We’re here to rock tonight in Wolves with two nineties rock bands back out on the road. Really a double headliner, we have Californian surfer dudes Ugly Kid Joe up first in ‘support’ of screaming stalwarts of trad metal rock Skid Row, as part of a 29 date over 36 day intensive tour of the UK and Europe.
Tonight’s gig at the Wulfrun is very nearly sold out. Unfortunately we’re not here in time to catch the early support on at 7pm; Australians Dead City Ruins we hear, have gone down well. Whit Crane from Ugly Kid Joe alluded to the fact they are touring in a little black van, to feed them and to the girls in the audience to give ’em a place to sleep. 2013 has brought them their long awaited second self titled album and this tour. They are “… a working class hard rock band fuelled by what life throws at them from good times, bad times, disappointments, achievements and life in the cruel f***in city!” Find out more about them on their Facebook page.
So at 8pm, Ugly Kid Joe take to the stage. The band returned to the scene last year after totally disappearing for 15 years. In the day, these Californian rockers had two top ten singles and in the day were all over MTV. Reappearing last year in the UK as support for Alice Cooper’s Hallowe’en tour, they were band that stood out for just how bleedin’ good and how much fun they were. And they’ve not stopped; they’ve continued to tour and released ‘Stairway to Hell’, a 6 song EP. We should realise “… one VERY important thing about UKJ; they mean every goddam note, every goddam riff and every goddam moment they deliver.”
UKJ are the charismatic Whit Crane (vocals), Klaus Eichstadt (guitar), Dave Fortman (guitar), Cordell Crockett (bass) and Shannon Larkin (drums). And as they take to the small stage, Crane appears to huge applause and bows to the crowd and they’re into first track ‘V.I.P.’ UKJ are hugely energetic; every centimeter on the stage is used and Crane takes the first of several opportunities to get up close and personal with the crowd, by dropping down into the pit. Crane conducts the audience with the minimum of effort; for ‘Neighbor’ he’s effectively ‘pulling the crowd’ to get them to sing “…gonna be my neighbor…” and the bass player is high up on one of the amps. UKJ are totally inclusive too, even inviting the photographers to climb up on stage and take pictures from there. The band rock out, encouraging every audience member to jump; “let’s see if we can get this floor moving…”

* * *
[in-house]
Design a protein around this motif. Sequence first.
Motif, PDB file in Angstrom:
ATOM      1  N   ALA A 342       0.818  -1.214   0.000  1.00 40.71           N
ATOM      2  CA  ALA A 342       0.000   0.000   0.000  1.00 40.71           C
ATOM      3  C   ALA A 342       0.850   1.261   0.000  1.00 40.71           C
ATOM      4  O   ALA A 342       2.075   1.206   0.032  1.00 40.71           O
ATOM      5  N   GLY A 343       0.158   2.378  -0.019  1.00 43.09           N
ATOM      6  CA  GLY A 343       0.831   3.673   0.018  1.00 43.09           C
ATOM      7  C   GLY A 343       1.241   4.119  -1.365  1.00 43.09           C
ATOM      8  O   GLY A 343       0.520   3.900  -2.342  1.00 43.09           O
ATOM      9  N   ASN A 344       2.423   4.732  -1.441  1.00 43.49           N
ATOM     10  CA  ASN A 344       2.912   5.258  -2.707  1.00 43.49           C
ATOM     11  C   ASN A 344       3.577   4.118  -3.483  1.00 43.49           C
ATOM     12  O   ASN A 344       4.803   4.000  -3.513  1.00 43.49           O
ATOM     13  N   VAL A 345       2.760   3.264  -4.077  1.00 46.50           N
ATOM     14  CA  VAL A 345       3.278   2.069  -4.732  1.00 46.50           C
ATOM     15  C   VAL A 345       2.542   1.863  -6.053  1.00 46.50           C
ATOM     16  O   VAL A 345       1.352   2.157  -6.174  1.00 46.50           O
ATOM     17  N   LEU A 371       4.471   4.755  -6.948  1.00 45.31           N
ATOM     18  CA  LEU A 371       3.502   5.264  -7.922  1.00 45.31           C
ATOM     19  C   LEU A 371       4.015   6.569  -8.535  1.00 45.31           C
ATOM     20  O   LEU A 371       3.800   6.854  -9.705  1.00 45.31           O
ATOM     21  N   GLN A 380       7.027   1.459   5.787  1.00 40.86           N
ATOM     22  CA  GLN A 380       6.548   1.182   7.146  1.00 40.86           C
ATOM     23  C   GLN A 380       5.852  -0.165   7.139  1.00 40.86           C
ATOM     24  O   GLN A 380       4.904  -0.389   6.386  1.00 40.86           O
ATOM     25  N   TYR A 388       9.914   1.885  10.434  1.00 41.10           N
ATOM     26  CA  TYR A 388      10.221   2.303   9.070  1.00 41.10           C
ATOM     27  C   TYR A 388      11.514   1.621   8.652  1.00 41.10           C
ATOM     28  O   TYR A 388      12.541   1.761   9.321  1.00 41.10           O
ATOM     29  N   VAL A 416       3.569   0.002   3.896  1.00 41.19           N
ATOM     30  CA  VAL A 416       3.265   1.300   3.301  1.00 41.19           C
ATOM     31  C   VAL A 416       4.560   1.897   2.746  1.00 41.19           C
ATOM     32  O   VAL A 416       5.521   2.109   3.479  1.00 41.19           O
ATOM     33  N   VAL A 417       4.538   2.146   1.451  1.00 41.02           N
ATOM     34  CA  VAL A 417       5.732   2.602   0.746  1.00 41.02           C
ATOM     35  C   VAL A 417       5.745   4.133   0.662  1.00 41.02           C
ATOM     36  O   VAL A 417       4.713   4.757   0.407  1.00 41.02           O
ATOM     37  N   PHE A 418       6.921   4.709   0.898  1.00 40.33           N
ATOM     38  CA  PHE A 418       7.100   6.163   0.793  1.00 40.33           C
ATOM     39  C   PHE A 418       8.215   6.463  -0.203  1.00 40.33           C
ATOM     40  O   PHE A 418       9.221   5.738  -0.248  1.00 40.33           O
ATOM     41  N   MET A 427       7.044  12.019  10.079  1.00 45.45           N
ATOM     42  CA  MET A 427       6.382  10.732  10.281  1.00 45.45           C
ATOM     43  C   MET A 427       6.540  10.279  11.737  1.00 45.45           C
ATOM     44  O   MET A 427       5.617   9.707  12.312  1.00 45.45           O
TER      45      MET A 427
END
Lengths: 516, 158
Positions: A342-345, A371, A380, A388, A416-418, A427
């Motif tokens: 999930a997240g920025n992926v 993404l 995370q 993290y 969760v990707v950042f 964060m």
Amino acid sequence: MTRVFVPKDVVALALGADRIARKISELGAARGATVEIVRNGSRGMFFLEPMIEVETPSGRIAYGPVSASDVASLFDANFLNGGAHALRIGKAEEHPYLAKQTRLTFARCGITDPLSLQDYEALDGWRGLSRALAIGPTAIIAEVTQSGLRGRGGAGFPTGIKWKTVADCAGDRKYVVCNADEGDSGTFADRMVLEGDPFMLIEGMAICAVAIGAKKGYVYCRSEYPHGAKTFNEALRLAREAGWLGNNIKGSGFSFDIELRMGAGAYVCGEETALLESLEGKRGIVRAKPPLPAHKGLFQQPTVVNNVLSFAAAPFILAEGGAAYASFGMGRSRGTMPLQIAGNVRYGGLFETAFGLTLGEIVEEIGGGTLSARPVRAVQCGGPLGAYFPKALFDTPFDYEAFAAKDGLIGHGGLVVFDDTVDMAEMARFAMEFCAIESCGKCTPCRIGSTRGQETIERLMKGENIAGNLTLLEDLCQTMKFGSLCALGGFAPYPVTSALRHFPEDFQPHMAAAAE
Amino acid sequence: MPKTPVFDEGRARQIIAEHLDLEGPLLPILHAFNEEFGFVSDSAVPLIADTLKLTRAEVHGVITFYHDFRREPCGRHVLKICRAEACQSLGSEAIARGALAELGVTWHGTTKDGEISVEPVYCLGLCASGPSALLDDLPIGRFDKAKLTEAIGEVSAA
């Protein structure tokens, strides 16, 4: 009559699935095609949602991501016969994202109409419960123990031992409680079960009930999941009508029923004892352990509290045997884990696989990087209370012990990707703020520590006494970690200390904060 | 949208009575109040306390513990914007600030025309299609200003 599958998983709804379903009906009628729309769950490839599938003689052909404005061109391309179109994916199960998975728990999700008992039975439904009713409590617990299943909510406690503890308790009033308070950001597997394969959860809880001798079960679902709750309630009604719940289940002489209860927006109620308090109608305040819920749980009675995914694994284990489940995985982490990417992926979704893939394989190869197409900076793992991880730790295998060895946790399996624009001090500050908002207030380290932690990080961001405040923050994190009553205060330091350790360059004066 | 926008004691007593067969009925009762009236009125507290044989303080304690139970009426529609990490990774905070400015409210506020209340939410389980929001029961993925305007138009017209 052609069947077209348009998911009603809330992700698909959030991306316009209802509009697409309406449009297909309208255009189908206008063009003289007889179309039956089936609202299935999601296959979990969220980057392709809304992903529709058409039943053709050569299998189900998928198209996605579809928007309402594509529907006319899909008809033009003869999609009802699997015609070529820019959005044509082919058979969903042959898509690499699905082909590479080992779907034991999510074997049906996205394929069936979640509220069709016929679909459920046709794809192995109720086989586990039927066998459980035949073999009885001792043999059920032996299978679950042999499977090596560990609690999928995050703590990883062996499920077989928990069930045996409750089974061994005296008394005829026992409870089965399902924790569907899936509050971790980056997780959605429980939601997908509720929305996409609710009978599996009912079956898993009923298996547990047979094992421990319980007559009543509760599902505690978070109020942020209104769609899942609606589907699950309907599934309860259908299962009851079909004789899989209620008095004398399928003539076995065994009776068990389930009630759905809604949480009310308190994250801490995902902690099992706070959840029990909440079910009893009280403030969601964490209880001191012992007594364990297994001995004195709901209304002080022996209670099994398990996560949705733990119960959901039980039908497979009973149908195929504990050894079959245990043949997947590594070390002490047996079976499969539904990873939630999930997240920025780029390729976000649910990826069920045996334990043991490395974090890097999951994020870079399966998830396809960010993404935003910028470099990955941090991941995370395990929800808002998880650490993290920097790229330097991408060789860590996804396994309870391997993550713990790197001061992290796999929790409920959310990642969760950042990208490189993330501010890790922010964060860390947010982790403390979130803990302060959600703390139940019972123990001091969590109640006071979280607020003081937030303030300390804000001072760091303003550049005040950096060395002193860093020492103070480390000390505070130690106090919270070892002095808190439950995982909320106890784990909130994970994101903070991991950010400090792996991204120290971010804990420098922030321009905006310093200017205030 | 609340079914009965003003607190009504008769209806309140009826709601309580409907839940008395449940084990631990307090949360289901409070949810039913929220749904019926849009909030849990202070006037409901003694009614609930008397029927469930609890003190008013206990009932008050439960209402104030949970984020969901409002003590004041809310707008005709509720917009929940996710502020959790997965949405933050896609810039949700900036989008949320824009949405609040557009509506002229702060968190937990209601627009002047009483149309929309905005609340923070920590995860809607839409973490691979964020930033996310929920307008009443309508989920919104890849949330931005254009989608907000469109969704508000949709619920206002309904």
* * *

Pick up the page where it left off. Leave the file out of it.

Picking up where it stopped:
“So this is the Black Country…. the home of Zeppelin and Black Sabbath… the home of all things metal… we’re from California… without these guys we wouldn’t be here….” For Panhandlin’ Prince we’re told to put our hands in the air “…. and do what I do…” As Crane starts to clap, so do we. Crane can only see the first couple of rows and insists that the house lights are on so the band can see everyone. “… Hey everyone, how are you? Nice to see you all….” For ‘So Damn Cool’ the band rock on, Crane paces the stage like a caged tiger, continually engaging with the crowd, getting us to cheer, to clap, to way our arms from side to side. For ‘Cats in the Cradle,’ the houselights are still up, he implores everyone to sing with him on this song, and once again we do – it’s the chorus before Crane joins us.
For ‘Tomorrows World’ the houselights are off because “… this song is more sinister….” and the beating rhythm of the song rolls on. ‘Goddamn Evil’ is the last song in this part the set… Crane: “I have to be honest with you, pretend we have left the set, and start chanting, like we have never heard before….” this is an imaginary encore, except the band stand motionless like statues on the purple lit darkened stage. Then restarting to a question; would you like to hear one song or two. “Two…” is the overriding response from the crowd. “Your wish is my command….” and the chords strike up and we’re into the manic ‘Everything About You.’ “Go f****in’ crazy!!!!” as we, the crowd, shout the last line of the track…”Hate everything… about you…” “Nice…” says Crane, before the band leap into a rip-stonking rendition of Motorhead’s ‘Ace of Spades’ – giving it the full credit the track deserves.
UKJ’s set is over. Humble, yet awesome, UKJ deliver and then some. They’ve clearly had a blast and clearly wanted us all to have a blast – which we did. So, next up Skid Row – will they be able to delivery to the same level as UKJ?